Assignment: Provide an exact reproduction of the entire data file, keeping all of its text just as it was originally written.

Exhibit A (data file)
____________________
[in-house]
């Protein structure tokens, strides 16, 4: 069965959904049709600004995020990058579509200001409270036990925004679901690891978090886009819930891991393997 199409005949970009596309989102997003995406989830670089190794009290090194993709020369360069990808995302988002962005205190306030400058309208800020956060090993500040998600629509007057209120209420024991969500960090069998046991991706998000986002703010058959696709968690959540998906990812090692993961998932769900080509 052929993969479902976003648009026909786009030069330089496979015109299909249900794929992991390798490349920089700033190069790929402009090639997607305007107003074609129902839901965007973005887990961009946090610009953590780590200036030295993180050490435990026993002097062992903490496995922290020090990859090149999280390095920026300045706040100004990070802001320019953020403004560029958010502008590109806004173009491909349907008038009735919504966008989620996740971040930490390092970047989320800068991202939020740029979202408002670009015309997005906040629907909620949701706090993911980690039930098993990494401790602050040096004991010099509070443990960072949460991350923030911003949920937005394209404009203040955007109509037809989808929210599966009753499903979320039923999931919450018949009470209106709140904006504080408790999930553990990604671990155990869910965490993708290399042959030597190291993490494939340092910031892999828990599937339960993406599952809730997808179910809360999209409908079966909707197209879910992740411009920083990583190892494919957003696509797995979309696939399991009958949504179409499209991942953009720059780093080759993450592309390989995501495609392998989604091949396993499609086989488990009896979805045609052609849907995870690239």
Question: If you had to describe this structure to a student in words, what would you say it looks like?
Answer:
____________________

[in-house]
């Protein structure tokens, strides 16, 4: 069965959904049709600004995020990058579509200001409270036990925004679901690891978090886009819930891991393997 199409005949970009596309989102997003995406989830670089190794009290090194993709020369360069990808995302988002962005205190306030400058309208800020956060090993500040998600629509007057209120209420024991969500960090069998046991991706998000986002703010058959696709968690959540998906990812090692993961998932769900080509 052929993969479902976003648009026909786009030069330089496979015109299909249900794929992991390798490349920089700033190069790929402009090639997607305007107003074609129902839901965007973005887990961009946090610009953590780590200036030295993180050490435990026993002097062992903490496995922290020090990859090149999280390095920026300045706040100004990070802001320019953020403004560029958010502008590109806004173009491909349907008038009735919504966008989620996740971040930490390092970047989320800068991202939020740029979202408002670009015309997005906040629907909620949701706090993911980690039930098993990494401790602050040096004991010099509070443990960072949460991350923030911003949920937005394209404009203040955007109509037809989808929210599966009753499903979320039923999931919450018949009470209106709140904006504080408790999930553990990604671990155990869910965490993708290399042959030597190291993490494939340092910031892999828990599937339960993406599952809730997808179910809360999209409908079966909707197209879910992740411009920083990583190892494919957003696509797995979309696939399991009958949504179409499209991942953009720059780093080759993450592309390989995501495609392998989604091949396993499609086989488990009896979805045609052609849907995870690239």
Question: If you had to describe this structure to a student in words, what would you say it looks like?
Answer: